On-Premises/Cloud Hybrid for SQL Server Data Availability

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Today, organizations are buying cloud infrastructure services rather than on-premises hardware and software. For those companies running mission-critical SQL server environments, cloud vendors promise geographically distributed cloud data centers that make it easy to configure SQL server instances for high availability (HA) and/or disaster recovery (DR). This might be a good value proposition if your organization is setting up a new SQL server environment, or your hardware is nearing end-of-life (EOL). But what if you are heavily invested in a well-tuned, on-prem SQL server system that is servicing data to and from users? Moving everything to the cloud at once without the cloud experience may not seem prudent or even necessary to continue delivering ongoing user access to critical application data.

However, moving to the cloud is not an all-or-nothing proposition. You can easily mix on-premises and cloud infrastructures to create a hybrid. For example, you can retain some operations on-premises while moving others to the cloud, creating a strategic opportunity to limit data risk and improve financial and operational performance. To ensure your solution can deliver effective HA/DR support, take a look at your options.

Balance Risk and Reward

Look at the cloud as if it were a remote data center containing standby server(s), ready to take over at any time. The on-prem “node(s)” failover to their counterpart nodes in the cloud. There are two common ways to do this.

One solution is to use SQL Server’s multi-node Always On availability group (AG) feature. Another is to apply Windows Server Failover Clustering (WSFC), which sets up multiple nodes in a failover cluster. Both approaches offer data protection because your SQL server is in two different locations. However, there are some challenges.

If you use the basic AG feature of SQL Server Standard Edition, you can replicate only one node to a second node. If your on-prem AG was already configured with two nodes, your cloud-based SQL server would be a third node, which is not supported. You would have to upgrade both your on-prem and cloud-based instances of SQL Server to the Enterprise Edition (2012 or later). That would be an expensive proposition.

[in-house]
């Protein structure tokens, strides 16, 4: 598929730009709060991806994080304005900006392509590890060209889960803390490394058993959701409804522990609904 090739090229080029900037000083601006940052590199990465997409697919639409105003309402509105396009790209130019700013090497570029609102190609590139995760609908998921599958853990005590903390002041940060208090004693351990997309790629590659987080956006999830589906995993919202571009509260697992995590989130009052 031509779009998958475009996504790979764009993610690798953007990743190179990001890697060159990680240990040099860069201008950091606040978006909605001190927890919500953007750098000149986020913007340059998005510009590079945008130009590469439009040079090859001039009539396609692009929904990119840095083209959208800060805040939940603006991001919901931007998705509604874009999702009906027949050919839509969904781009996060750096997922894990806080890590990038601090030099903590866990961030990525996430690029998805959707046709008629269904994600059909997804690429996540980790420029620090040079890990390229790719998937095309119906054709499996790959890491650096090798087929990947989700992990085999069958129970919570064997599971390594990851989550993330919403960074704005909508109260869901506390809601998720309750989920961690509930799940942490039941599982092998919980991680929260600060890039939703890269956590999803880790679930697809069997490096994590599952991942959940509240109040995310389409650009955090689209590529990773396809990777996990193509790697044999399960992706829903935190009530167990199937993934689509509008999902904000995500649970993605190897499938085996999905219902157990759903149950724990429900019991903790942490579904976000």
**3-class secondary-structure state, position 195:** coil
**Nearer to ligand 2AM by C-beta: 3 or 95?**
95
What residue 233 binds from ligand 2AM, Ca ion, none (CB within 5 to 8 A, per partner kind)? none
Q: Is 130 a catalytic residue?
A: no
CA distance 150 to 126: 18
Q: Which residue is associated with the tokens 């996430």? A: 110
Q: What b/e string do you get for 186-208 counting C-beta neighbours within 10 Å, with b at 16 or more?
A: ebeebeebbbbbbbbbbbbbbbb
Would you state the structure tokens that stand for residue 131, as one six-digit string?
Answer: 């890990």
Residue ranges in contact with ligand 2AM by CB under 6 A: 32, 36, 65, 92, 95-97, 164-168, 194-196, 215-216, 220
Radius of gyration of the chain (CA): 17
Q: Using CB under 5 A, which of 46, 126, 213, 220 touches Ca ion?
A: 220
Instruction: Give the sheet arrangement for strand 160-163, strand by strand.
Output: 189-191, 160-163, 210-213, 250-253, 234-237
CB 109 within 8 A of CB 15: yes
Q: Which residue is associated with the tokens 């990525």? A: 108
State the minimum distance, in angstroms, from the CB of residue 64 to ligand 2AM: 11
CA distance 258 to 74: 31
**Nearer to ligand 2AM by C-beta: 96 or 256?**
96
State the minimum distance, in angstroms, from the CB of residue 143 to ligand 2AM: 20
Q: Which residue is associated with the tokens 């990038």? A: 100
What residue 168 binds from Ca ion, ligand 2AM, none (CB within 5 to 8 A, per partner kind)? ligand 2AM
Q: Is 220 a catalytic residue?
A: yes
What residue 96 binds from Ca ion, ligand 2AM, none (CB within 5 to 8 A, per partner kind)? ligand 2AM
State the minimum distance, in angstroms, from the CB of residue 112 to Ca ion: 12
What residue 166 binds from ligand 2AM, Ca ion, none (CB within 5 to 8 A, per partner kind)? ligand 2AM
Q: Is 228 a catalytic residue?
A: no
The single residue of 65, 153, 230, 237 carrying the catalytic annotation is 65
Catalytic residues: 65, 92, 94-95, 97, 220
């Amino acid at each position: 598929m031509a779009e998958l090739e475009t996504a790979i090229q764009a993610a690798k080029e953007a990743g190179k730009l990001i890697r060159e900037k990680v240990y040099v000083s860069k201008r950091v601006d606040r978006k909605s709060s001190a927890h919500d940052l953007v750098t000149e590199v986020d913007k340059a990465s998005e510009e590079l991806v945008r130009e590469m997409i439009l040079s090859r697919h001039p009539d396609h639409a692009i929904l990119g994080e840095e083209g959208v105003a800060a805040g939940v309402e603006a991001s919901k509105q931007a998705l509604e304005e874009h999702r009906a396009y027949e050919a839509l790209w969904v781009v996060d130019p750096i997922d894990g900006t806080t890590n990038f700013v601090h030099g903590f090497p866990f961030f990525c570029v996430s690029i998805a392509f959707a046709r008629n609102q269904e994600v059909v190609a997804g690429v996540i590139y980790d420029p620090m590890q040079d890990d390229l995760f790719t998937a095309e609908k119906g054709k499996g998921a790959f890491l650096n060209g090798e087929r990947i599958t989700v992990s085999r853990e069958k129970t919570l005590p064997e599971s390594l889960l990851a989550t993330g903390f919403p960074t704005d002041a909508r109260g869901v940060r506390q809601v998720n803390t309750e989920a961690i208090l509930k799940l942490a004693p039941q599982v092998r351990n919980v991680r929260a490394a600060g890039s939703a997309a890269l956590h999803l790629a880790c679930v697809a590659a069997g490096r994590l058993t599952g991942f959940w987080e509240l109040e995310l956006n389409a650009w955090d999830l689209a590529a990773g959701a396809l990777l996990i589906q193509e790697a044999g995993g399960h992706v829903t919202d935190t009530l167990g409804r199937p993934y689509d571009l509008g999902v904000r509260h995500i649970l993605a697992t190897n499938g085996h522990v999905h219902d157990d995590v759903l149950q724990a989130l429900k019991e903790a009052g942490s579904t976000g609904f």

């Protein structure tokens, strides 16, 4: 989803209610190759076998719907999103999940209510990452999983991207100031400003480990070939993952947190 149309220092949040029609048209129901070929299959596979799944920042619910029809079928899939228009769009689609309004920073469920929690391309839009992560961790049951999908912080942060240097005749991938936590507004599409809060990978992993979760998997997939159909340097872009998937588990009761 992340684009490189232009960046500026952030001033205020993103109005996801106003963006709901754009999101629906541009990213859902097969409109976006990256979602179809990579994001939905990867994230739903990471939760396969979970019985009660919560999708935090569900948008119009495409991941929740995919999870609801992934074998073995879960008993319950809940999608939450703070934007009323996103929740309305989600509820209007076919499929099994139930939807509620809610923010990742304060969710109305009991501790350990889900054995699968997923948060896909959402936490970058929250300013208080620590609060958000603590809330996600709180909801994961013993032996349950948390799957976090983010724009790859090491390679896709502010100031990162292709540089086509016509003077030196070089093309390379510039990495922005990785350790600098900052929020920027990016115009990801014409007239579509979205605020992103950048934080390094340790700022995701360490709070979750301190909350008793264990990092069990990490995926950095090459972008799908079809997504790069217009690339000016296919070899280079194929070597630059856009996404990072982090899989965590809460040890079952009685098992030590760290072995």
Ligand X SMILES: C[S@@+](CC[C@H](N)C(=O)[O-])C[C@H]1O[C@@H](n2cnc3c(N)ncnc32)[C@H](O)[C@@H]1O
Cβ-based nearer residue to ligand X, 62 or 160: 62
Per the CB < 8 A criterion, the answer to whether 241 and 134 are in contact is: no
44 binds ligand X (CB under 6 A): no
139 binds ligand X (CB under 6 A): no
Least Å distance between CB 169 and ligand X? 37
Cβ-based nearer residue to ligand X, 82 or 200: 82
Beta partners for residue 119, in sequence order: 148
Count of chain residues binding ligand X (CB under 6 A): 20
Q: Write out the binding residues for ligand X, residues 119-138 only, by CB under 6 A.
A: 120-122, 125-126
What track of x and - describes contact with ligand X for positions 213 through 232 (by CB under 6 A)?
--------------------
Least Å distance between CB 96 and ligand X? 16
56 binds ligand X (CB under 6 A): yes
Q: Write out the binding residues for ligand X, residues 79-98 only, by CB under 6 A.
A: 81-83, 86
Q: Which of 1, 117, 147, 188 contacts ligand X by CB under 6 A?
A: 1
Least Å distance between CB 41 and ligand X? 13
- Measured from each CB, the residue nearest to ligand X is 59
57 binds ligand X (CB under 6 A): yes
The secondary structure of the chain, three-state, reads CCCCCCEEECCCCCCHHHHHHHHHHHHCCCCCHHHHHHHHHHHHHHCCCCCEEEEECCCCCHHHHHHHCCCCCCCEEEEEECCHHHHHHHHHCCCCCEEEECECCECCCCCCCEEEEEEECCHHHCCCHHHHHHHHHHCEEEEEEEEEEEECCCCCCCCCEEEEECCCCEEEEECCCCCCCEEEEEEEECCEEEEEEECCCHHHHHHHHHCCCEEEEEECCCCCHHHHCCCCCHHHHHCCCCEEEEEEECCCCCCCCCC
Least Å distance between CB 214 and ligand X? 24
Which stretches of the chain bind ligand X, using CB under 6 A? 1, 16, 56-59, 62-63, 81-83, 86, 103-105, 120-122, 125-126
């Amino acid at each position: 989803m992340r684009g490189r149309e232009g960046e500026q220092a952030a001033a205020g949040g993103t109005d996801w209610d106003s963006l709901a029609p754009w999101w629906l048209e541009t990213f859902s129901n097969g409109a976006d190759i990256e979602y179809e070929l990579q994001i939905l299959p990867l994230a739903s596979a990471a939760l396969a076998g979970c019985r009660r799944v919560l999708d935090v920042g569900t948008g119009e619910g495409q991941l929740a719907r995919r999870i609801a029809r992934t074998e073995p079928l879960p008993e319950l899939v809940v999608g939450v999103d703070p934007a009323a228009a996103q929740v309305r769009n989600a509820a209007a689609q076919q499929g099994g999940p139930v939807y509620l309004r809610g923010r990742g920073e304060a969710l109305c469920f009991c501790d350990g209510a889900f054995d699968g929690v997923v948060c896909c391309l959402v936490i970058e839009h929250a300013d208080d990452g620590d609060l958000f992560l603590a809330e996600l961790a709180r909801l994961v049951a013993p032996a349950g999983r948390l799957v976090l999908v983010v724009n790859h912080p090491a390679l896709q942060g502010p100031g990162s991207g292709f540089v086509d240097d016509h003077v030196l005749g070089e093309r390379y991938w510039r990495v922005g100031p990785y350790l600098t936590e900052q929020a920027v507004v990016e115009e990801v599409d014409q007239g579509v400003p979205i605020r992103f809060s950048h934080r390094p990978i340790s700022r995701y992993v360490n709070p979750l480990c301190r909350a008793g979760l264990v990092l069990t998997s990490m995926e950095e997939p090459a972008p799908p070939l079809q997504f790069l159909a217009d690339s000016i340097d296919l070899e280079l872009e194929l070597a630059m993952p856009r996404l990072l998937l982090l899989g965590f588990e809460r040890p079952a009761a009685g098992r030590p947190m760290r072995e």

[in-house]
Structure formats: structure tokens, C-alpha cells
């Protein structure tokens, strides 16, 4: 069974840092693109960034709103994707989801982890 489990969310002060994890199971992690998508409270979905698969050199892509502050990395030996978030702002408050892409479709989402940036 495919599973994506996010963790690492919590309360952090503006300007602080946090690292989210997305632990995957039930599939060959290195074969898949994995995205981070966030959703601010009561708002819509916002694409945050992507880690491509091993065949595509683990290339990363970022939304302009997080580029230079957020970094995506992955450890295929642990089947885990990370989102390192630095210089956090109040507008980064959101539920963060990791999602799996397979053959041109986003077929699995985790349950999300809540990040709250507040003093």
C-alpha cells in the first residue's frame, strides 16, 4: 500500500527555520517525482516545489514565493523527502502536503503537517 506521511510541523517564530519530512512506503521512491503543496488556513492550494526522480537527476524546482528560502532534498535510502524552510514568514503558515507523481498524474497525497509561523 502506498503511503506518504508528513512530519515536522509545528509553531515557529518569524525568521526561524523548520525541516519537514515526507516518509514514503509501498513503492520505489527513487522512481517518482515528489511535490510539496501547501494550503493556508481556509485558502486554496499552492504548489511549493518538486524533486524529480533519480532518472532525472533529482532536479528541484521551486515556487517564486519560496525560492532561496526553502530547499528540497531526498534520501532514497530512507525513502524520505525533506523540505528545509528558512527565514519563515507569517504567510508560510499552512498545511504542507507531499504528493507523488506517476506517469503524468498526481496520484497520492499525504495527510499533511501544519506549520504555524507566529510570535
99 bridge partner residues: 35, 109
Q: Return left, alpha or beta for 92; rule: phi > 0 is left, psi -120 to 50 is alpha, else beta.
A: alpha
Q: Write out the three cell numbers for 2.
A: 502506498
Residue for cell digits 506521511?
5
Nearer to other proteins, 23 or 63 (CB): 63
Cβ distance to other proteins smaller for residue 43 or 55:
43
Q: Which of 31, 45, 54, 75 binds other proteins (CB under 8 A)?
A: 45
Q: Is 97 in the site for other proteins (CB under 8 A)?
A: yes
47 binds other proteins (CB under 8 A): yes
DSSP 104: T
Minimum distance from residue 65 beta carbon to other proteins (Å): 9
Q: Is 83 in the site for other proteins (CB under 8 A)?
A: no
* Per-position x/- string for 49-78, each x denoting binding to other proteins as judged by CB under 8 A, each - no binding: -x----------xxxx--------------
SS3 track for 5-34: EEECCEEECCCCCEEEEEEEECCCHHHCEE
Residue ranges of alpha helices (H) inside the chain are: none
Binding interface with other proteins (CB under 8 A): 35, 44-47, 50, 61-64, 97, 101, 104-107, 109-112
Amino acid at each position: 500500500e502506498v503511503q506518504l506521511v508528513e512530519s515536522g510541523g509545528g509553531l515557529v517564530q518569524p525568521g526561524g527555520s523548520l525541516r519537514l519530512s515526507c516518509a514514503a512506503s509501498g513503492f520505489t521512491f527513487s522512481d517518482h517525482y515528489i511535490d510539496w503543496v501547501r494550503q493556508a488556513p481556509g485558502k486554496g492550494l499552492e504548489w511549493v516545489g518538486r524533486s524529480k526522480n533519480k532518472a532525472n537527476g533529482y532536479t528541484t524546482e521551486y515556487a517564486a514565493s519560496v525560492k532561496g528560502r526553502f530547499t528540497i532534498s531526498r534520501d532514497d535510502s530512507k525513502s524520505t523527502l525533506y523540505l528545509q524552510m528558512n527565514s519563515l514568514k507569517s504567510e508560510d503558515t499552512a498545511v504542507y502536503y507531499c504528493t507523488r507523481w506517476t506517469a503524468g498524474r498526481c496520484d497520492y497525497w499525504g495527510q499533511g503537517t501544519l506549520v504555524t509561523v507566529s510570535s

WSFC requires you to think differently about data storage. Windows Server failover clusters share data — typically on a storage area network (SAN), which all the individual cluster nodes can access. However, there is no SAN option in the cloud. How would your primary on-prem SQL server with its SAN work with the secondary SAN-less cloud?

The workaround is a hybrid configuration with on-prem and cloud-based infrastructures. In this configuration, you can failover from one node to another on-premises and replicate storage to a third node in the cloud for DR protection. 

A simple, cost-efficient solution is to create a SAN-less failover cluster using SIOS DataKeeper to replicate all the data on your on-prem storage to the local storage attached to your cloud-based VM. If a disaster strikes, your on-prem site will immediately failover to your secondary SQL server node in the cloud for as long as necessary. This solution works with both SQL Server Standard and Enterprise editions.

By planning and understanding the risks associated with any HA/DR solution, including the hybrid model, you will position your organization to better secure and protect data and its availability.

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